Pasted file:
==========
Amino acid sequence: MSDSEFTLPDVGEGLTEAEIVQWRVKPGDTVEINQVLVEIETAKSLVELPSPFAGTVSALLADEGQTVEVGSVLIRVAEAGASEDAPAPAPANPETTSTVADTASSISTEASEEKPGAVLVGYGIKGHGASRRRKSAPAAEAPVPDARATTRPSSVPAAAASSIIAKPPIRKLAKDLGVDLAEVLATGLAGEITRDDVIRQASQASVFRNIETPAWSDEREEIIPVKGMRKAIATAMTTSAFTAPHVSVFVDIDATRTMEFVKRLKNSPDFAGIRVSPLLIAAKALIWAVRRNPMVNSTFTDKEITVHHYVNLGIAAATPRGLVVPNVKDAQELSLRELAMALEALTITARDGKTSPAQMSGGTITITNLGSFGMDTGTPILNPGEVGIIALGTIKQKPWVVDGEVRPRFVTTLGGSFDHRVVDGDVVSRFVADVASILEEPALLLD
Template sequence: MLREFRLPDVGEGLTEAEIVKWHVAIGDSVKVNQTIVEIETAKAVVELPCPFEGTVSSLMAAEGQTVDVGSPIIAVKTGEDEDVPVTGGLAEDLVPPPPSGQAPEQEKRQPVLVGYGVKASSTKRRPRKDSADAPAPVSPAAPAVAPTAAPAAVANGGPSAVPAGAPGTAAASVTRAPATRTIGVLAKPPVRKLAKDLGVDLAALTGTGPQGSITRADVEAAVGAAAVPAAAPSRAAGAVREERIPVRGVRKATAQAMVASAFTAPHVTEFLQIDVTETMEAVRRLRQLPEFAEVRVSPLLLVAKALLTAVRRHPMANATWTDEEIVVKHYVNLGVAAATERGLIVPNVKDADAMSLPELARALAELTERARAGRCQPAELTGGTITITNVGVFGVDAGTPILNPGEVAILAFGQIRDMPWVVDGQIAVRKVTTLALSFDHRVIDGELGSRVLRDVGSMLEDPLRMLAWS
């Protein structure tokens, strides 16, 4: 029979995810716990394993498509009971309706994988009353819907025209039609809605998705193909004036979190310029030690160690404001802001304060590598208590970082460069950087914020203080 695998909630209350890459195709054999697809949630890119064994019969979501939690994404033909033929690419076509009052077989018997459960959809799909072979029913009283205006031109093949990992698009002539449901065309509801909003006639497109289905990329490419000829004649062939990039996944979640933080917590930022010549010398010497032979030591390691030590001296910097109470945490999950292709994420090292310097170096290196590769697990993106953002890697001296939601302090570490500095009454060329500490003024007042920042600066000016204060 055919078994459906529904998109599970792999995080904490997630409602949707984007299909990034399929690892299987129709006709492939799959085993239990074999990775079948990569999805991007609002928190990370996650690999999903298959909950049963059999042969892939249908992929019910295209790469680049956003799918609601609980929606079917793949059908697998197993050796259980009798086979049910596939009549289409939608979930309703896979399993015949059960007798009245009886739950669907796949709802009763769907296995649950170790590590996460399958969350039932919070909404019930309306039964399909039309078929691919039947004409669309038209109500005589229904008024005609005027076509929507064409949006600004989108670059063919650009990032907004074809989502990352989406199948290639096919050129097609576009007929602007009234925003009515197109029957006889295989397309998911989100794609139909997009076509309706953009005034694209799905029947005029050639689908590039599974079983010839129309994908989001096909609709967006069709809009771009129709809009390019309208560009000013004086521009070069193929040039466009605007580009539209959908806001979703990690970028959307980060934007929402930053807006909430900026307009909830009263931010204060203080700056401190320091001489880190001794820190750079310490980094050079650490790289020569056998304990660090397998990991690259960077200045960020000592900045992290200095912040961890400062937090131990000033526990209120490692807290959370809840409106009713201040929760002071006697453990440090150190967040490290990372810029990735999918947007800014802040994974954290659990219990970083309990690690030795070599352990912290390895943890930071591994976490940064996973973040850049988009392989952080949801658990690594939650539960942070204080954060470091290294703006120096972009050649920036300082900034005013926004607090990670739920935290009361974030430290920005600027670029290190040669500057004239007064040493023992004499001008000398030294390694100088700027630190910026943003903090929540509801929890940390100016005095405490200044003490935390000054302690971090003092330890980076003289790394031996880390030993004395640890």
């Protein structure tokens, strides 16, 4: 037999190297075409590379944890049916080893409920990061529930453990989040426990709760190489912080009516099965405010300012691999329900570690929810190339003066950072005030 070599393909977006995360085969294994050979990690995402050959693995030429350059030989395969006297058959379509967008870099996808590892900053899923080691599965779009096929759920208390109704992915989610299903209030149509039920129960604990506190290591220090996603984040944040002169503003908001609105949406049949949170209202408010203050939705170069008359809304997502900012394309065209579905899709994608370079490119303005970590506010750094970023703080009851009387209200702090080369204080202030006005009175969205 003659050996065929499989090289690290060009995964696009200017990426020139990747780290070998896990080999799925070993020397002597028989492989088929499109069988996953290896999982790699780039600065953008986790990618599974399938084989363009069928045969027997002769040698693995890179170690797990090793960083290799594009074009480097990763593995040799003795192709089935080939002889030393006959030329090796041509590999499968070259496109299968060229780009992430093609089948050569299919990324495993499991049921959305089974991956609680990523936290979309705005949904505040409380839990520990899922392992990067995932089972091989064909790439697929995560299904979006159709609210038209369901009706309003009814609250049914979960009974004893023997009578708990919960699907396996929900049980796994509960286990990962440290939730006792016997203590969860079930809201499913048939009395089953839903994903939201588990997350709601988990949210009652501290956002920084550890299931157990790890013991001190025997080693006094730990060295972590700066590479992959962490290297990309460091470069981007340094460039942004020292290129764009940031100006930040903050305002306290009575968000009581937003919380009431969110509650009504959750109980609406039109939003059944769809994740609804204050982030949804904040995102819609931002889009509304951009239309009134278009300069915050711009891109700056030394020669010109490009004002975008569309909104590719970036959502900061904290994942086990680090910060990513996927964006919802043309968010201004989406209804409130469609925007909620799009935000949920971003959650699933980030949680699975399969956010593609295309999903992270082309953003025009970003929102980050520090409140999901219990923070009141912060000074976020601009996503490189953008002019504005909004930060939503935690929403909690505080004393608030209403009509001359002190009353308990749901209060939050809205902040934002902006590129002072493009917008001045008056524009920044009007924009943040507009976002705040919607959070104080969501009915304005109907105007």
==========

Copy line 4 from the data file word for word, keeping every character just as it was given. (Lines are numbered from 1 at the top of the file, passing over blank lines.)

């Protein structure tokens, strides 16, 4: 037999190297075409590379944890049916080893409920990061529930453990989040426990709760190489912080009516099965405010300012691999329900570690929810190339003066950072005030 070599393909977006995360085969294994050979990690995402050959693995030429350059030989395969006297058959379509967008870099996808590892900053899923080691599965779009096929759920208390109704992915989610299903209030149509039920129960604990506190290591220090996603984040944040002169503003908001609105949406049949949170209202408010203050939705170069008359809304997502900012394309065209579905899709994608370079490119303005970590506010750094970023703080009851009387209200702090080369204080202030006005009175969205 003659050996065929499989090289690290060009995964696009200017990426020139990747780290070998896990080999799925070993020397002597028989492989088929499109069988996953290896999982790699780039600065953008986790990618599974399938084989363009069928045969027997002769040698693995890179170690797990090793960083290799594009074009480097990763593995040799003795192709089935080939002889030393006959030329090796041509590999499968070259496109299968060229780009992430093609089948050569299919990324495993499991049921959305089974991956609680990523936290979309705005949904505040409380839990520990899922392992990067995932089972091989064909790439697929995560299904979006159709609210038209369901009706309003009814609250049914979960009974004893023997009578708990919960699907396996929900049980796994509960286990990962440290939730006792016997203590969860079930809201499913048939009395089953839903994903939201588990997350709601988990949210009652501290956002920084550890299931157990790890013991001190025997080693006094730990060295972590700066590479992959962490290297990309460091470069981007340094460039942004020292290129764009940031100006930040903050305002306290009575968000009581937003919380009431969110509650009504959750109980609406039109939003059944769809994740609804204050982030949804904040995102819609931002889009509304951009239309009134278009300069915050711009891109700056030394020669010109490009004002975008569309909104590719970036959502900061904290994942086990680090910060990513996927964006919802043309968010201004989406209804409130469609925007909620799009935000949920971003959650699933980030949680699975399969956010593609295309999903992270082309953003025009970003929102980050520090409140999901219990923070009141912060000074976020601009996503490189953008002019504005909004930060939503935690929403909690505080004393608030209403009509001359002190009353308990749901209060939050809205902040934002902006590129002072493009917008001045008056524009920044009007924009943040507009976002705040919607959070104080969501009915304005109907105007």